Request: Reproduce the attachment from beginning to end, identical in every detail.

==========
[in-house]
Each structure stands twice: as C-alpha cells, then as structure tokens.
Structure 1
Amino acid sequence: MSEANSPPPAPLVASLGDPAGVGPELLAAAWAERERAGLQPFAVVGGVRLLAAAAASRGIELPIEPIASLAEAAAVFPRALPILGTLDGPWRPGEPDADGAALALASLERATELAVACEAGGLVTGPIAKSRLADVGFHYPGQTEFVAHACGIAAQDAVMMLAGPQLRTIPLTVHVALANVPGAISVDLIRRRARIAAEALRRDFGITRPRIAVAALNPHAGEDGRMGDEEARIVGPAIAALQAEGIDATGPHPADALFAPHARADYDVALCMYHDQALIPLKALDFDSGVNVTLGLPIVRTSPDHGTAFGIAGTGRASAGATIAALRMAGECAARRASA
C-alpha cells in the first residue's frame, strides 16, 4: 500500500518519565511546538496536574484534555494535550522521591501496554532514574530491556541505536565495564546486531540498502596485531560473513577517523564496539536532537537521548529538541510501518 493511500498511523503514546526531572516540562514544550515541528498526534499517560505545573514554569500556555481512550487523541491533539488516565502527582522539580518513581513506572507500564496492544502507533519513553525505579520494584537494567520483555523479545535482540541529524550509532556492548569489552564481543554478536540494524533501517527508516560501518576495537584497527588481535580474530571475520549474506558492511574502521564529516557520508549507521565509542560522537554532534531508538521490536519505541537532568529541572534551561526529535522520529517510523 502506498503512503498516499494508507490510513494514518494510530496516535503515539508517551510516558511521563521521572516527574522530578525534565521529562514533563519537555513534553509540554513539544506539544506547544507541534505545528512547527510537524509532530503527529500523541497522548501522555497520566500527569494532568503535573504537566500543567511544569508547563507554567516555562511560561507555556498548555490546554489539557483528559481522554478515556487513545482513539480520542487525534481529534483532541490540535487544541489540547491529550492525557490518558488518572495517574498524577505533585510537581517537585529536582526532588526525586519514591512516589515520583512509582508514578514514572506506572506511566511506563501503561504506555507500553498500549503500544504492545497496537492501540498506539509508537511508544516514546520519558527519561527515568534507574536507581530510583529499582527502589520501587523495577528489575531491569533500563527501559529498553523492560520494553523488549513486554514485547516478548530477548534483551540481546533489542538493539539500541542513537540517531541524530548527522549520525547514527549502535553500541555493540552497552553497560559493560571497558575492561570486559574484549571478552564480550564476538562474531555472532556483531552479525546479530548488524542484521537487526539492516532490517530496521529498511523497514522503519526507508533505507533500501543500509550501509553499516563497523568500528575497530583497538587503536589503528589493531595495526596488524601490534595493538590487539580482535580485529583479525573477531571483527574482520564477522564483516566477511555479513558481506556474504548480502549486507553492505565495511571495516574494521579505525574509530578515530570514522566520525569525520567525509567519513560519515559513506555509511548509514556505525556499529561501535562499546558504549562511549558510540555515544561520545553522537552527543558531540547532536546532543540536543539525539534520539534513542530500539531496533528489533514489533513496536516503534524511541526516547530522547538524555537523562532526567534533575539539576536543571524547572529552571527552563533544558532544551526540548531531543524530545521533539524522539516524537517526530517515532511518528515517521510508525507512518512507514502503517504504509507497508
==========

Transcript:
[in-house]
Each structure stands twice: as C-alpha cells, then as structure tokens.
Structure 1
Amino acid sequence: MSEANSPPPAPLVASLGDPAGVGPELLAAAWAERERAGLQPFAVVGGVRLLAAAAASRGIELPIEPIASLAEAAAVFPRALPILGTLDGPWRPGEPDADGAALALASLERATELAVACEAGGLVTGPIAKSRLADVGFHYPGQTEFVAHACGIAAQDAVMMLAGPQLRTIPLTVHVALANVPGAISVDLIRRRARIAAEALRRDFGITRPRIAVAALNPHAGEDGRMGDEEARIVGPAIAALQAEGIDATGPHPADALFAPHARADYDVALCMYHDQALIPLKALDFDSGVNVTLGLPIVRTSPDHGTAFGIAGTGRASAGATIAALRMAGECAARRASA
C-alpha cells in the first residue's frame, strides 16, 4: 500500500518519565511546538496536574484534555494535550522521591501496554532514574530491556541505536565495564546486531540498502596485531560473513577517523564496539536532537537521548529538541510501518 493511500498511523503514546526531572516540562514544550515541528498526534499517560505545573514554569500556555481512550487523541491533539488516565502527582522539580518513581513506572507500564496492544502507533519513553525505579520494584537494567520483555523479545535482540541529524550509532556492548569489552564481543554478536540494524533501517527508516560501518576495537584497527588481535580474530571475520549474506558492511574502521564529516557520508549507521565509542560522537554532534531508538521490536519505541537532568529541572534551561526529535522520529517510523 502506498503512503498516499494508507490510513494514518494510530496516535503515539508517551510516558511521563521521572516527574522530578525534565521529562514533563519537555513534553509540554513539544506539544506547544507541534505545528512547527510537524509532530503527529500523541497522548501522555497520566500527569494532568503535573504537566500543567511544569508547563507554567516555562511560561507555556498548555490546554489539557483528559481522554478515556487513545482513539480520542487525534481529534483532541490540535487544541489540547491529550492525557490518558488518572495517574498524577505533585510537581517537585529536582526532588526525586519514591512516589515520583512509582508514578514514572506506572506511566511506563501503561504506555507500553498500549503500544504492545497496537492501540498506539509508537511508544516514546520519558527519561527515568534507574536507581530510583529499582527502589520501587523495577528489575531491569533500563527501559529498553523492560520494553523488549513486554514485547516478548530477548534483551540481546533489542538493539539500541542513537540517531541524530548527522549520525547514527549502535553500541555493540552497552553497560559493560571497558575492561570486559574484549571478552564480550564476538562474531555472532556483531552479525546479530548488524542484521537487526539492516532490517530496521529498511523497514522503519526507508533505507533500501543500509550501509553499516563497523568500528575497530583497538587503536589503528589493531595495526596488524601490534595493538590487539580482535580485529583479525573477531571483527574482520564477522564483516566477511555479513558481506556474504548480502549486507553492505565495511571495516574494521579505525574509530578515530570514522566520525569525520567525509567519513560519515559513506555509511548509514556505525556499529561501535562499546558504549562511549558510540555515544561520545553522537552527543558531540547532536546532543540536543539525539534520539534513542530500539531496533528489533514489533513496536516503534524511541526516547530522547538524555537523562532526567534533575539539576536543571524547572529552571527552563533544558532544551526540548531531543524530545521533539524522539516524537517526530517515532511518528515517521510508525507512518512507514502503517504504509507497508